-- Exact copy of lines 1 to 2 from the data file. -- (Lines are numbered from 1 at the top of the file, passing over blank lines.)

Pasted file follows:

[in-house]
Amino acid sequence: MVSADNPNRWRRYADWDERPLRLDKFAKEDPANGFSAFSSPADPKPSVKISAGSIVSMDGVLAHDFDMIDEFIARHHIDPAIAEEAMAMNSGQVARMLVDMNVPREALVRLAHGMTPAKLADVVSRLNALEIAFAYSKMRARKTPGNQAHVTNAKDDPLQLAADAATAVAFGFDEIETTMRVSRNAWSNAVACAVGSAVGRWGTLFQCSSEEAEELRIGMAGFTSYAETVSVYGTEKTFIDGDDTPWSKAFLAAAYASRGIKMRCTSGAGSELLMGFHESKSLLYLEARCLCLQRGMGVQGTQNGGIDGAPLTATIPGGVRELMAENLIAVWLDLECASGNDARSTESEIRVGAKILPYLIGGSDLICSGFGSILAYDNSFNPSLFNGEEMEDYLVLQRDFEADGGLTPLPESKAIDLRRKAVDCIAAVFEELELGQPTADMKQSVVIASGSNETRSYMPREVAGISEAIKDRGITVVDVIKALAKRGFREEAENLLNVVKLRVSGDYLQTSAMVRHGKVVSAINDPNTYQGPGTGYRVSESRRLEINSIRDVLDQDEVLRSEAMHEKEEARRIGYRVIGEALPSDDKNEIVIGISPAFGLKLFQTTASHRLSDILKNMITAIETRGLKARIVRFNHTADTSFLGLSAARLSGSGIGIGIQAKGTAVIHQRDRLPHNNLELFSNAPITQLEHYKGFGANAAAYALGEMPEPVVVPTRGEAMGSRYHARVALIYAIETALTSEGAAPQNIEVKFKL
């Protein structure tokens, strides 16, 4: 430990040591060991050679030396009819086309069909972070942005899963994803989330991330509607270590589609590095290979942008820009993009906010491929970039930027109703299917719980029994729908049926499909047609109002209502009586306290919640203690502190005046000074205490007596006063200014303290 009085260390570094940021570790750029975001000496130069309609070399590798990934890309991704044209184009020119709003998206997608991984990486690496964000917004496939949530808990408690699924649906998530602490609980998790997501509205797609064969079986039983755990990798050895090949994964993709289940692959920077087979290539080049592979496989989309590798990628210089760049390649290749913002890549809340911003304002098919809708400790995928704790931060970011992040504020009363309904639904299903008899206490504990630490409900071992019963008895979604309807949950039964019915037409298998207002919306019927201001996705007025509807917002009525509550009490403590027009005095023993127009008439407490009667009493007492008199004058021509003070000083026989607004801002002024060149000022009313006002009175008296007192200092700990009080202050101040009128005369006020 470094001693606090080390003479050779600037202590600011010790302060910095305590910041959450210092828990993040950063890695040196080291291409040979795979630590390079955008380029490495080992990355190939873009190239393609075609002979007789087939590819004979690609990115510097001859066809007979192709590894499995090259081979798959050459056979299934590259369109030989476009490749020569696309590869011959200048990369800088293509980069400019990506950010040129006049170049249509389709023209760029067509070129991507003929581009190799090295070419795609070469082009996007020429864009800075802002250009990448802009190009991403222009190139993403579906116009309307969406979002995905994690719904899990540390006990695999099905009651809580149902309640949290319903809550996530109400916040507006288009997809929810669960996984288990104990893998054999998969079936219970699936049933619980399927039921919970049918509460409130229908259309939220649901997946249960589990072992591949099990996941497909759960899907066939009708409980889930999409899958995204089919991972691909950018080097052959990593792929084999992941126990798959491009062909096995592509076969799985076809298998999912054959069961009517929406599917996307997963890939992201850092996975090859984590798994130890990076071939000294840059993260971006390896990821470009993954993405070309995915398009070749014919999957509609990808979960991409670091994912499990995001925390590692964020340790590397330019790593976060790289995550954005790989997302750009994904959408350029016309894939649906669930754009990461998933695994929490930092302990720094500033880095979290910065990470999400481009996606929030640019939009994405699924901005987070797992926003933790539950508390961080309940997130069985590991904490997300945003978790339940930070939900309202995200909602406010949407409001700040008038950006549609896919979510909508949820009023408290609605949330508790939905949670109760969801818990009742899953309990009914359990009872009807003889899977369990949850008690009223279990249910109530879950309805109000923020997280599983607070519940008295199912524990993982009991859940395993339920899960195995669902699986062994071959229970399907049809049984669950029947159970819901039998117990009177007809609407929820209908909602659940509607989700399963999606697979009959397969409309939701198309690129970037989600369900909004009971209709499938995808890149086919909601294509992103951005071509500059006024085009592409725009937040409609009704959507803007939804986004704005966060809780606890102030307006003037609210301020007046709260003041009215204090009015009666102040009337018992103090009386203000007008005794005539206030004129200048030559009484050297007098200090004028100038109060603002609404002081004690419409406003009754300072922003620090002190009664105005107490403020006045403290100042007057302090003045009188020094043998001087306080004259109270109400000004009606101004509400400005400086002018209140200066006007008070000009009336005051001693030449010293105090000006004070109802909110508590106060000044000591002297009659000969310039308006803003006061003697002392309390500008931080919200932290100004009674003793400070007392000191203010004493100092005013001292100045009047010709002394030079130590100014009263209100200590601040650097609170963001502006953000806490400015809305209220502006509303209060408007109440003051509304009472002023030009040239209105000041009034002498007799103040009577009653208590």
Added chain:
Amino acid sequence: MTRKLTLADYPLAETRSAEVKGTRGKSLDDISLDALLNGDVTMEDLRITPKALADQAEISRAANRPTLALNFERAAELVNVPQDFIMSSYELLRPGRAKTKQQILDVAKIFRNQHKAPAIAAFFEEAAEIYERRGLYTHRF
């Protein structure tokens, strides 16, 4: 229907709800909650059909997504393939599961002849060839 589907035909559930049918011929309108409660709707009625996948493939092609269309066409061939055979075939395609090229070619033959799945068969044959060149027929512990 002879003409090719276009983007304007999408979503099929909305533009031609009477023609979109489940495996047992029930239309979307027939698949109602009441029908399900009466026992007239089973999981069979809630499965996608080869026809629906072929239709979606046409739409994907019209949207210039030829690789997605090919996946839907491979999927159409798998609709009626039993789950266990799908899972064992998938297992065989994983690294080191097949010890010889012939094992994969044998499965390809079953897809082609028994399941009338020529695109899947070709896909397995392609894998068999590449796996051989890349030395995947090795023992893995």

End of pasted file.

[in-house]
Amino acid sequence: MVSADNPNRWRRYADWDERPLRLDKFAKEDPANGFSAFSSPADPKPSVKISAGSIVSMDGVLAHDFDMIDEFIARHHIDPAIAEEAMAMNSGQVARMLVDMNVPREALVRLAHGMTPAKLADVVSRLNALEIAFAYSKMRARKTPGNQAHVTNAKDDPLQLAADAATAVAFGFDEIETTMRVSRNAWSNAVACAVGSAVGRWGTLFQCSSEEAEELRIGMAGFTSYAETVSVYGTEKTFIDGDDTPWSKAFLAAAYASRGIKMRCTSGAGSELLMGFHESKSLLYLEARCLCLQRGMGVQGTQNGGIDGAPLTATIPGGVRELMAENLIAVWLDLECASGNDARSTESEIRVGAKILPYLIGGSDLICSGFGSILAYDNSFNPSLFNGEEMEDYLVLQRDFEADGGLTPLPESKAIDLRRKAVDCIAAVFEELELGQPTADMKQSVVIASGSNETRSYMPREVAGISEAIKDRGITVVDVIKALAKRGFREEAENLLNVVKLRVSGDYLQTSAMVRHGKVVSAINDPNTYQGPGTGYRVSESRRLEINSIRDVLDQDEVLRSEAMHEKEEARRIGYRVIGEALPSDDKNEIVIGISPAFGLKLFQTTASHRLSDILKNMITAIETRGLKARIVRFNHTADTSFLGLSAARLSGSGIGIGIQAKGTAVIHQRDRLPHNNLELFSNAPITQLEHYKGFGANAAAYALGEMPEPVVVPTRGEAMGSRYHARVALIYAIETALTSEGAAPQNIEVKFKL